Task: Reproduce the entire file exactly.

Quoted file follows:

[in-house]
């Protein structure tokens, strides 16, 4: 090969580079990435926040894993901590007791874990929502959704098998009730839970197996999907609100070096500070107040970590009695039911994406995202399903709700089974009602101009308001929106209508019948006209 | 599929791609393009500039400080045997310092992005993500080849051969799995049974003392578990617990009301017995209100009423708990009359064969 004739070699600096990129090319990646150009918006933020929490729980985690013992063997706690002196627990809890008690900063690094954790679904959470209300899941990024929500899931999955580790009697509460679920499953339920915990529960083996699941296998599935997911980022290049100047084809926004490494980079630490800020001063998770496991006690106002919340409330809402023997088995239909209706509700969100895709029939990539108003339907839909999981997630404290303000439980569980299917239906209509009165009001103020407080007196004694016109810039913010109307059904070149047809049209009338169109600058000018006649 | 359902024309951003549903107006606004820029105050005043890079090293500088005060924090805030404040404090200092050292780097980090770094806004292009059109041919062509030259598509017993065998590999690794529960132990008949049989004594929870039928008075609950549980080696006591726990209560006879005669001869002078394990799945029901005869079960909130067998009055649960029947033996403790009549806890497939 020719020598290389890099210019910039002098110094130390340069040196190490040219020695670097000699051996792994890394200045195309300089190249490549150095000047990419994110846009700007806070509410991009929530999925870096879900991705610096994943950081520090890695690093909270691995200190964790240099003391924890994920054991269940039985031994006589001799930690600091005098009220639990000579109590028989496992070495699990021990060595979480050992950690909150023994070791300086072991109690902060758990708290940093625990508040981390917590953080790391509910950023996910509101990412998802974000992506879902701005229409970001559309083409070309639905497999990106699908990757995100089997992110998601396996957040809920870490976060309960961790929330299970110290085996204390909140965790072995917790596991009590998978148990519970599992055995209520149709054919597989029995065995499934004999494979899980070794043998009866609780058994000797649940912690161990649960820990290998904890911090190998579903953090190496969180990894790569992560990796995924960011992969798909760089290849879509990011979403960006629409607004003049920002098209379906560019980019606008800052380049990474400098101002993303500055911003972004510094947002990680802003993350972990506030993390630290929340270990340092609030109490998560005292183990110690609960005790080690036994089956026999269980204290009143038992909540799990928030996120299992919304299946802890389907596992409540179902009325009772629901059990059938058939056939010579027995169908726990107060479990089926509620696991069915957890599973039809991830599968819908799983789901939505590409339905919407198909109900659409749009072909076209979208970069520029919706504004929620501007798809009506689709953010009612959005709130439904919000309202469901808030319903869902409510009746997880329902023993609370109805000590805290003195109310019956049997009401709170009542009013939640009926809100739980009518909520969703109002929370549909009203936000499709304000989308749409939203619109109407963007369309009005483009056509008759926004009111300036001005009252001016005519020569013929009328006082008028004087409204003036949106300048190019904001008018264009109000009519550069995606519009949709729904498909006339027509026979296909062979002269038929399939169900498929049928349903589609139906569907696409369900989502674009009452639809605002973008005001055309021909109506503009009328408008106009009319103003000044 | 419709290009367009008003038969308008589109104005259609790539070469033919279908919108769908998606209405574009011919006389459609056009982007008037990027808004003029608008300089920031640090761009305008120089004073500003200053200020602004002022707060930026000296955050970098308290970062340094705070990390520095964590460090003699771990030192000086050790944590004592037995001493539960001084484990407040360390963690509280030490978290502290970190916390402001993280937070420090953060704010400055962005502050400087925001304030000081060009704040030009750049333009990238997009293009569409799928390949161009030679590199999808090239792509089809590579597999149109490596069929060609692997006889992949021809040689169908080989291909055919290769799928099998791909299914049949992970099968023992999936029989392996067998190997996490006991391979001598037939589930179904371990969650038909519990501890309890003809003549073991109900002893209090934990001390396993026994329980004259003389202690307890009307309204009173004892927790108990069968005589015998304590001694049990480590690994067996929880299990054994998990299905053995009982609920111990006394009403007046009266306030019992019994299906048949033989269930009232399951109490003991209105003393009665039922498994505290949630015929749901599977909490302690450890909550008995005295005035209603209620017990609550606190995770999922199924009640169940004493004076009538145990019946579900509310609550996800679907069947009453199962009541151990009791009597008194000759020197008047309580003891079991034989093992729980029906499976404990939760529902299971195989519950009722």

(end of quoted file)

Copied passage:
[in-house]
């Protein structure tokens, strides 16, 4: 090969580079990435926040894993901590007791874990929502959704098998009730839970197996999907609100070096500070107040970590009695039911994406995202399903709700089974009602101009308001929106209508019948006209 | 599929791609393009500039400080045997310092992005993500080849051969799995049974003392578990617990009301017995209100009423708990009359064969 004739070699600096990129090319990646150009918006933020929490729980985690013992063997706690002196627990809890008690900063690094954790679904959470209300899941990024929500899931999955580790009697509460679920499953339920915990529960083996699941296998599935997911980022290049100047084809926004490494980079630490800020001063998770496991006690106002919340409330809402023997088995239909209706509700969100895709029939990539108003339907839909999981997630404290303000439980569980299917239906209509009165009001103020407080007196004694016109810039913010109307059904070149047809049209009338169109600058000018006649 | 359902024309951003549903107006606004820029105050005043890079090293500088005060924090805030404040404090200092050292780097980090770094806004292009059109041919062509030259598509017993065998590999690794529960132990008949049989004594929870039928008075609950549980080696006591726990209560006879005669001869002078394990799945029901005869079960909130067998009055649960029947033996403790009549806890497939 020719020598290389890099210019910039002098110094130390340069040196190490040219020695670097000699051996792994890394200045195309300089190249490549150095000047990419994110846009700007806070509410991009929530999925870096879900991705610096994943950081520090890695690093909270691995200190964790240099003391924890994920054991269940039985031994006589001799930690600091005098009220639990000579109590028989496992070495699990021990060595979480050992950690909150023994070791300086072991109690902060758990708290940093625990508040981390917590953080790391509910950023996910509101990412998802974000992506879902701005229409970001559309083409070309639905497999990106699908990757995100089997992110998601396996957040809920870490976060309960961790929330299970110290085996204390909140965790072995917790596991009590998978148990519970599992055995209520149709054919597989029995065995499934004999494979899980070794043998009866609780058994000797649940912690161990649960820990290998904890911090190998579903953090190496969180990894790569992560990796995924960011992969798909760089290849879509990011979403960006629409607004003049920002098209379906560019980019606008800052380049990474400098101002993303500055911003972004510094947002990680802003993350972990506030993390630290929340270990340092609030109490998560005292183990110690609960005790080690036994089956026999269980204290009143038992909540799990928030996120299992919304299946802890389907596992409540179902009325009772629901059990059938058939056939010579027995169908726990107060479990089926509620696991069915957890599973039809991830599968819908799983789901939505590409339905919407198909109900659409749009072909076209979208970069520029919706504004929620501007798809009506689709953010009612959005709130439904919000309202469901808030319903869902409510009746997880329902023993609370109805000590805290003195109310019956049997009401709170009542009013939640009926809100739980009518909520969703109002929370549909009203936000499709304000989308749409939203619109109407963007369309009005483009056509008759926004009111300036001005009252001016005519020569013929009328006082008028004087409204003036949106300048190019904001008018264009109000009519550069995606519009949709729904498909006339027509026979296909062979002269038929399939169900498929049928349903589609139906569907696409369900989502674009009452639809605002973008005001055309021909109506503009009328408008106009009319103003000044 | 419709290009367009008003038969308008589109104005259609790539070469033919279908919108769908998606209405574009011919006389459609056009982007008037990027808004003029608008300089920031640090761009305008120089004073500003200053200020602004002022707060930026000296955050970098308290970062340094705070990390520095964590460090003699771990030192000086050790944590004592037995001493539960001084484990407040360390963690509280030490978290502290970190916390402001993280937070420090953060704010400055962005502050400087925001304030000081060009704040030009750049333009990238997009293009569409799928390949161009030679590199999808090239792509089809590579597999149109490596069929060609692997006889992949021809040689169908080989291909055919290769799928099998791909299914049949992970099968023992999936029989392996067998190997996490006991391979001598037939589930179904371990969650038909519990501890309890003809003549073991109900002893209090934990001390396993026994329980004259003389202690307890009307309204009173004892927790108990069968005589015998304590001694049990480590690994067996929880299990054994998990299905053995009982609920111990006394009403007046009266306030019992019994299906048949033989269930009232399951109490003991209105003393009665039922498994505290949630015929749901599977909490302690450890909550008995005295005035209603209620017990609550606190995770999922199924009640169940004493004076009538145990019946579900509310609550996800679907069947009453199962009541151990009791009597008194000759020197008047309580003891079991034989093992729980029906499976404990939760529902299971195989519950009722």